How Does a Home Equity Loan Work?

Highlights

  • A Home Equity Loan is a mortgage that allows you to borrow money without refinancing your current mortgage.
  • You take a home equity loan for many reasons including debt consolidation, paying for home improvements and college expenses.
  • Check how much equity you have and what is your best home equity loan alternative.
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What is a Home Equity Loan?

A home equity loan is a special type of mortgage, which allows you to tap into your home’s value to take out cash. There are many reasons to take out a home equity loan including debt consolidation, home improvements, or paying for college.

Home prices are up, and you probably have built up equity in your home. If you are looking for cash with a long-term payment schedule, low-interest rates, and low monthly payments, then a home equity loan is a great alternative. In most cases, a home equity loan is a second mortgage, which means that you take you don't pay off your current mortgage.

Home Equity Loan: How Does it Work

Home Equity Loan requirements are similar to other mortgages. Here are three essential steps to taking a home equity loan:

  1. Figure out how much equity you have, and how much you can take out, based on lenders Loan to Value (LTV) guidelines.
  2. Once you figure out how much you want and whether that amount fits into your needs, you can estimate the monthly payment for the HEL, in addition to your current mortgage.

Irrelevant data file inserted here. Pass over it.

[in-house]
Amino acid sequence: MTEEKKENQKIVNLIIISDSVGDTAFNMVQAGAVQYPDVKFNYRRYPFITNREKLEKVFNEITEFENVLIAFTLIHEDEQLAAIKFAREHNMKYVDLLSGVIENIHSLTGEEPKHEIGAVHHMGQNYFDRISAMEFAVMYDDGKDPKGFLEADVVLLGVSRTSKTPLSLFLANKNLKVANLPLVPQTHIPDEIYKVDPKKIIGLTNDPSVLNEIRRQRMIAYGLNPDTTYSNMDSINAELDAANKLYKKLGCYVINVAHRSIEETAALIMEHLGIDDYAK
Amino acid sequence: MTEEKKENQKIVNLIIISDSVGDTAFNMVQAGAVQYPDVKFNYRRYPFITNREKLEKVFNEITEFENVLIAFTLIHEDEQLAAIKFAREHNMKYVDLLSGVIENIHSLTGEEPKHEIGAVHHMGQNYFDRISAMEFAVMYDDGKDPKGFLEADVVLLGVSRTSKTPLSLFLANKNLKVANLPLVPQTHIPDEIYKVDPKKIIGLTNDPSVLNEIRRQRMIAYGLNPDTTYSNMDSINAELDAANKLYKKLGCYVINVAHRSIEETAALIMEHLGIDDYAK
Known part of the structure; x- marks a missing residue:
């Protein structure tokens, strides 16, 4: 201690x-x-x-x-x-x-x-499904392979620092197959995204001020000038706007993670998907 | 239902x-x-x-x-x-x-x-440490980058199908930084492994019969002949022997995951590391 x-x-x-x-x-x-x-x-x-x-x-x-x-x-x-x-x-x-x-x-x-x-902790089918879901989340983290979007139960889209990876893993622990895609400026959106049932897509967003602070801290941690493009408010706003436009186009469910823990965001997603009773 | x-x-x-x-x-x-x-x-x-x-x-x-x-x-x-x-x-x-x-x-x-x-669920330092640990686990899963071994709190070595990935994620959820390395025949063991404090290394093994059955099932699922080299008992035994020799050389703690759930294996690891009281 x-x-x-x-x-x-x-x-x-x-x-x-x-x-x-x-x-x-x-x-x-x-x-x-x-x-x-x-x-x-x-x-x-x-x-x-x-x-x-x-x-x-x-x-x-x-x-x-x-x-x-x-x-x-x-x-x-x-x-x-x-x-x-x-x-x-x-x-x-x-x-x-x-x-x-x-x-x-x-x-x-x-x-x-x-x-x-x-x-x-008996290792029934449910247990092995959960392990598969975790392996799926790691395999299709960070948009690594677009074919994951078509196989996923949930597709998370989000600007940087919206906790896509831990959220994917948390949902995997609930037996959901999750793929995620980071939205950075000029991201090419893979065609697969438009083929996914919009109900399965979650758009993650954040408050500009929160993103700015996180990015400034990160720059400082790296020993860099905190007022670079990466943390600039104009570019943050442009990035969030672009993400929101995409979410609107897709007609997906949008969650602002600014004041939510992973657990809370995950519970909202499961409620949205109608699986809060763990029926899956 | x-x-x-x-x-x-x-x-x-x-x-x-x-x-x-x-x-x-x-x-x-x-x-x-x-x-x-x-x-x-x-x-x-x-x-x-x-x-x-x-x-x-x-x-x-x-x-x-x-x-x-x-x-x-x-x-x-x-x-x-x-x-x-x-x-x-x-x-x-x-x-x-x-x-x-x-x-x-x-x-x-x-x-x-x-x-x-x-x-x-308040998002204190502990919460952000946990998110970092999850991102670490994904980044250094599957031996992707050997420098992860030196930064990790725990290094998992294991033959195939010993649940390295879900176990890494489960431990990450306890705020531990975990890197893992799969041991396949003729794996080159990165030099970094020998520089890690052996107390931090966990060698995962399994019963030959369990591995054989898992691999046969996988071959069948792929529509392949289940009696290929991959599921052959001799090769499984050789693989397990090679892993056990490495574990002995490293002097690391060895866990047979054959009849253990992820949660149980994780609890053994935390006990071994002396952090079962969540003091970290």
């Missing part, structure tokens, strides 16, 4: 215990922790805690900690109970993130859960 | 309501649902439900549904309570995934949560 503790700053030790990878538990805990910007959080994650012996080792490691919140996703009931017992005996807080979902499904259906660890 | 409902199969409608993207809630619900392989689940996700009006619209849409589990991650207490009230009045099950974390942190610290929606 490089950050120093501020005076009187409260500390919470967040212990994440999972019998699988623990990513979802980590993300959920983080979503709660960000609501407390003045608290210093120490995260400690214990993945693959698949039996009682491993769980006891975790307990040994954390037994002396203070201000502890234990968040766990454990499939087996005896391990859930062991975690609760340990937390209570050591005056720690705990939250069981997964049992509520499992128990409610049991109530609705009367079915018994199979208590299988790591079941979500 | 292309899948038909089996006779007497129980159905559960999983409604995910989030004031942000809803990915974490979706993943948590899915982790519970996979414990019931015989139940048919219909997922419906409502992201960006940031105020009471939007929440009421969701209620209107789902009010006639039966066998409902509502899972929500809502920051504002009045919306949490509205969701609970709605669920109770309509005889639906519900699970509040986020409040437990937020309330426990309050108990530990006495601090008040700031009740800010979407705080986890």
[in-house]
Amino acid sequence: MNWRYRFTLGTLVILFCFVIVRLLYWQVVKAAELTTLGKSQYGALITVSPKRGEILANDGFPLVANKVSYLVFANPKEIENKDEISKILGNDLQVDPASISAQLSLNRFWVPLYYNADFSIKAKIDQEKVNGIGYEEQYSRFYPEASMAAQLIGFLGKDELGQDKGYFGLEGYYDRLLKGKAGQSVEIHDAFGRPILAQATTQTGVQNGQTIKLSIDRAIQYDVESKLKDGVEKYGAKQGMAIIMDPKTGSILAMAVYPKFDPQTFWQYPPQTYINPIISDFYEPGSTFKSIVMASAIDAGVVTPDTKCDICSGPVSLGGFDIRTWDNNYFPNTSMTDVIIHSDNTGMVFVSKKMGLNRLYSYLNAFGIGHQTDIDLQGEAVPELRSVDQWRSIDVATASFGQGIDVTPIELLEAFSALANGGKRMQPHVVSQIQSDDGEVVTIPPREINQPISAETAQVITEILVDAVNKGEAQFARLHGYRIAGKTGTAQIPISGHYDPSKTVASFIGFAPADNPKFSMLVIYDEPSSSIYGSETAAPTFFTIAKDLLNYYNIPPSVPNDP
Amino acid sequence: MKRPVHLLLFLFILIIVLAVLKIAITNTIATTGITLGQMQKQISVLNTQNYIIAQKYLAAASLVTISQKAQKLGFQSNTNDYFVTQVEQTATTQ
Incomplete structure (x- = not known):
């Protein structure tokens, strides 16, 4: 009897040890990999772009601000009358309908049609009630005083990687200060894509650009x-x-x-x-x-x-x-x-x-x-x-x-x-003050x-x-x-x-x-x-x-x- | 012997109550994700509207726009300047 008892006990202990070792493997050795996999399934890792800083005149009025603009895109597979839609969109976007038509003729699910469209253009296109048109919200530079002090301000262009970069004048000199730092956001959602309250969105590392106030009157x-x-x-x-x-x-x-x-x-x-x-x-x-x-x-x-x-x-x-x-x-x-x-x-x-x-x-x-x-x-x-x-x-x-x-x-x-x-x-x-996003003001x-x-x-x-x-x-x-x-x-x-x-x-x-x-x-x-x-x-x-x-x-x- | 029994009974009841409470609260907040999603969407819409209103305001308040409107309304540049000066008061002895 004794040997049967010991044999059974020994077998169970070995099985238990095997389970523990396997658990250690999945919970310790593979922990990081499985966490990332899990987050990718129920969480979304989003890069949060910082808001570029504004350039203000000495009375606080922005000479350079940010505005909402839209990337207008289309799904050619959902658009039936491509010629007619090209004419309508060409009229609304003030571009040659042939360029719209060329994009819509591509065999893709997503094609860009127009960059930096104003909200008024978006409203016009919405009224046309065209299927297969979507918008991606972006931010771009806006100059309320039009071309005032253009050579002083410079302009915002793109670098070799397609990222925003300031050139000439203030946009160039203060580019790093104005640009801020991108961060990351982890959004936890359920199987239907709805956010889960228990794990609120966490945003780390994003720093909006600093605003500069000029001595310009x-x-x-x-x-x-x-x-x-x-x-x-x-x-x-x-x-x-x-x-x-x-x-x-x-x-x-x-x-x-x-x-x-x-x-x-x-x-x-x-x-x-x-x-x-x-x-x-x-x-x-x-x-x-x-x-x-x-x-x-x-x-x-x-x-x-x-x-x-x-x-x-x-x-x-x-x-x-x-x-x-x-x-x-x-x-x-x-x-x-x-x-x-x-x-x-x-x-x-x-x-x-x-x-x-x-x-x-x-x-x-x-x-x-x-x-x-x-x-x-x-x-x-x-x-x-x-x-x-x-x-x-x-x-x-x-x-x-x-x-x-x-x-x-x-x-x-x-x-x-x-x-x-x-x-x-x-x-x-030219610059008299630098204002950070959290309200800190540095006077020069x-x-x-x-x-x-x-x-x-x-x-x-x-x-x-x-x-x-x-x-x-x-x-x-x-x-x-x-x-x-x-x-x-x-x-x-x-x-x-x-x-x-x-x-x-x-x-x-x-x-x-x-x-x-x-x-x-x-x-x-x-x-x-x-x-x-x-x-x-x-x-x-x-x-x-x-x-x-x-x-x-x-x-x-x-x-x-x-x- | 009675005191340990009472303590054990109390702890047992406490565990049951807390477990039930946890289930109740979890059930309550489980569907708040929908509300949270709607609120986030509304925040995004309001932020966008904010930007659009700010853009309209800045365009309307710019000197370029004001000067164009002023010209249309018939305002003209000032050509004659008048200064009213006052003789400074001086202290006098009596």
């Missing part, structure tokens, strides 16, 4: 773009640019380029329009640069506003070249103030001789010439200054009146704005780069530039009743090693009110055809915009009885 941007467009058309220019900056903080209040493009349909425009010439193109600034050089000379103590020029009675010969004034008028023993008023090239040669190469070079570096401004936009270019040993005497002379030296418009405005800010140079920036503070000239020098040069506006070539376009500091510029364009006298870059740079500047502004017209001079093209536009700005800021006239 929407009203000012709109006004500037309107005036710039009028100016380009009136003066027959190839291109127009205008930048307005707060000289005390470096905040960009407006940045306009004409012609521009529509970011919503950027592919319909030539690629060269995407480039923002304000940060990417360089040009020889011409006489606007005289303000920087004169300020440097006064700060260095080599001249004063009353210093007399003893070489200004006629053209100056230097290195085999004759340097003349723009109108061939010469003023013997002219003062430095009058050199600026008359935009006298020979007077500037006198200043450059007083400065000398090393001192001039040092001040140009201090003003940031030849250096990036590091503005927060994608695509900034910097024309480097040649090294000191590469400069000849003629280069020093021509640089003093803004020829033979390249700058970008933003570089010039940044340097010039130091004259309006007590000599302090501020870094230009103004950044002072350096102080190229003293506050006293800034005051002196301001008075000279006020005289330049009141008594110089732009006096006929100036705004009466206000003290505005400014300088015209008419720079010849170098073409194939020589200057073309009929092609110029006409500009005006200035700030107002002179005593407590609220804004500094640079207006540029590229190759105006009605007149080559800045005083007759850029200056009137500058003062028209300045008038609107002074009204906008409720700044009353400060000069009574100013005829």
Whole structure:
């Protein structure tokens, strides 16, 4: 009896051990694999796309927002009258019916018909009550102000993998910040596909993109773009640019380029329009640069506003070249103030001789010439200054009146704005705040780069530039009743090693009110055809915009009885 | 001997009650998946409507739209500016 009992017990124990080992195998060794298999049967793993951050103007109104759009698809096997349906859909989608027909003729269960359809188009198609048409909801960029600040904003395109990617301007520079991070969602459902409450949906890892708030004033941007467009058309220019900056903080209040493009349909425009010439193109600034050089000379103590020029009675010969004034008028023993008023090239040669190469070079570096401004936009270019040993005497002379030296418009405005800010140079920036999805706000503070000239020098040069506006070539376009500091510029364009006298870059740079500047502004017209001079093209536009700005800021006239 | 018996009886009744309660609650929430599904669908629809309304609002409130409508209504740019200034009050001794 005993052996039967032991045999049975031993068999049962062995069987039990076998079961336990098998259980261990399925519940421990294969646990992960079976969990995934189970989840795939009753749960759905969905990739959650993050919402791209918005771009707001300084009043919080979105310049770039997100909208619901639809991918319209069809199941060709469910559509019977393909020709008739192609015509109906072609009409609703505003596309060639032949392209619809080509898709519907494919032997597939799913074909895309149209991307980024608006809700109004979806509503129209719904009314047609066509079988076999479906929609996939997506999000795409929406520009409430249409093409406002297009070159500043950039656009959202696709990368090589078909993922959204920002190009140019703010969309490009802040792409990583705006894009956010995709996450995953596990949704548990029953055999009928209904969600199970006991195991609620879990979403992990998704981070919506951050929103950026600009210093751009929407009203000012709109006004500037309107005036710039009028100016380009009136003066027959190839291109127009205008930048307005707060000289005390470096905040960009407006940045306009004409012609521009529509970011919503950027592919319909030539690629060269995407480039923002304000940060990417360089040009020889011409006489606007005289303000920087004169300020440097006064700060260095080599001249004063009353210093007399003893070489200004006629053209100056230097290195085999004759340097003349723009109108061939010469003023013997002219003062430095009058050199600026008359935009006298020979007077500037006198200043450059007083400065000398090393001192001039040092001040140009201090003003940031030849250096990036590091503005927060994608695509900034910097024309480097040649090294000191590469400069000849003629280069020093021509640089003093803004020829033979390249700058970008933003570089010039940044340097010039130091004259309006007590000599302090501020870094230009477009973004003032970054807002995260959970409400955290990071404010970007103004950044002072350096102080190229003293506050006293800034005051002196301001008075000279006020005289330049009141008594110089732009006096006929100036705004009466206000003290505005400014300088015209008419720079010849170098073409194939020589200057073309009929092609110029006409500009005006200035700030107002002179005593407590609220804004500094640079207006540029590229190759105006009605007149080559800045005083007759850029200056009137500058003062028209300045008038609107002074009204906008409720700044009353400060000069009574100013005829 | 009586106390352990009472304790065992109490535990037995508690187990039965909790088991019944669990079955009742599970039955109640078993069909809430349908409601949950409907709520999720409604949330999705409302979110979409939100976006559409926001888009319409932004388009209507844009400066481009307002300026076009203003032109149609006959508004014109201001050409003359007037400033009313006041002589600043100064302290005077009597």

3. Finally, to qualify for a Home Equity Loan, lenders look at your loan to value ratio, credit score, and debt-to-income ratio.

How Much Home Equity Do You Have:

When you financed your home purchase, you made a down payment and then took a mortgage to buy the home. Your down payment represents the amount of equity you have. However, some events occurred since you purchased your home. Firstly, you paid off part of your mortgage. Secondly, home prices changed, sometimes up and other times down. To calculate your current home equity, you need to know your current home’s value and the balance of your mortgage(s).

Here is a simple example. If your home is worth $400,000 and your current mortgage balance is $320,000, then you have $80,000 in equity. Can you take out a Home Equity Loan for $80,000? The answer is most likely, No, but in some circumstances possibly yes. 

Calculate Home Equity Value

Home Equity - How Much Can You Take Out

How large of a home equity loan can you take? That would depend on your Loan to Value ratio, and lenders’ rules and guidelines. Your LTV is easy to calculate. Using the previous example, your LTV is 80%: $320,000 / $400,000.

In general, lenders allow for a combined LTV (CLTV) of about 80%. It is essential that you align your cash needs with the amount of money that lenders will offer.

Home Equity Loan: LTV

Home Equity Loan: Qualifying for a Loan

Once again, home equity loans work similar to other mortgage loans. After looking at your LTV and the amount of money you can take, lenders look at your credit score, credit history, and debt to income ratio (DTI).